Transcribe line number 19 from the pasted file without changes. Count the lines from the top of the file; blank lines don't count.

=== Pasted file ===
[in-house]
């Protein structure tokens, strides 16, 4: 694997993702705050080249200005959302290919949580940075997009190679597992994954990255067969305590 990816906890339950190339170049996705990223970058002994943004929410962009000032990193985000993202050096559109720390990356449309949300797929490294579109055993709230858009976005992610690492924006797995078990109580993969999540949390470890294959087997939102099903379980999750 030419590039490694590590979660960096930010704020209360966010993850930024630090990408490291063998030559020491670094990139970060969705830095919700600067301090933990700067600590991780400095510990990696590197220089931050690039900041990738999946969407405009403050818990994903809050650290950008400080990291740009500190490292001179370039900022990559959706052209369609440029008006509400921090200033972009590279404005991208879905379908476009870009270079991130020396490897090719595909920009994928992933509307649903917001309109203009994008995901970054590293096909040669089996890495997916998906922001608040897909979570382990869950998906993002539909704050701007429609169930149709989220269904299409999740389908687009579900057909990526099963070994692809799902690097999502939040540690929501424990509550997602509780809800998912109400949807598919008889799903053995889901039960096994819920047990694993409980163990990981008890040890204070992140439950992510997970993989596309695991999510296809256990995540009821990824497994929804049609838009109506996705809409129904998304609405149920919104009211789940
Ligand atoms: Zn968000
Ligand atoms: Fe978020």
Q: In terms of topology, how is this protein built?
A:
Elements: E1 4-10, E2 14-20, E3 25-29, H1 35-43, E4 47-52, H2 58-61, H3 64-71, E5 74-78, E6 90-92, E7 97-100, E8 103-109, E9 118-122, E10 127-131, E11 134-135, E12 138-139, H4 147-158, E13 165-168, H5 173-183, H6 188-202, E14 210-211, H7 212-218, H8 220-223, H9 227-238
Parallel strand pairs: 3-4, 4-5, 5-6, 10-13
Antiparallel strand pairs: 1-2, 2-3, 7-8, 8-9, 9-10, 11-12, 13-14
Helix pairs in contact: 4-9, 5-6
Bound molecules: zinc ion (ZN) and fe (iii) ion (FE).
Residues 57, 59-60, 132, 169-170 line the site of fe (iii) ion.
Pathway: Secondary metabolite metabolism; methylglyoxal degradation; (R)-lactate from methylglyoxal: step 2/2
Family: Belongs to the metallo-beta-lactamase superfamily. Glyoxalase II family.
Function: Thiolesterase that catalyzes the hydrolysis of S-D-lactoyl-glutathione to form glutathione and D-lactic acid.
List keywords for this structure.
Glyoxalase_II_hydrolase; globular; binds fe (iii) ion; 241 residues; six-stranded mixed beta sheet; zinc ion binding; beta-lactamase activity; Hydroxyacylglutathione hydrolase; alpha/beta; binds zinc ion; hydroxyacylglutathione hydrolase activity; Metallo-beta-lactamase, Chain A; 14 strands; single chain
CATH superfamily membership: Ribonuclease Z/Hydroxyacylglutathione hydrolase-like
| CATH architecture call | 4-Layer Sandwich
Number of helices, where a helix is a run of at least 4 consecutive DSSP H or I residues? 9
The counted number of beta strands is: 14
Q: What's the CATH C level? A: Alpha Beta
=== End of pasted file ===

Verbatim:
| CATH architecture call | 4-Layer Sandwich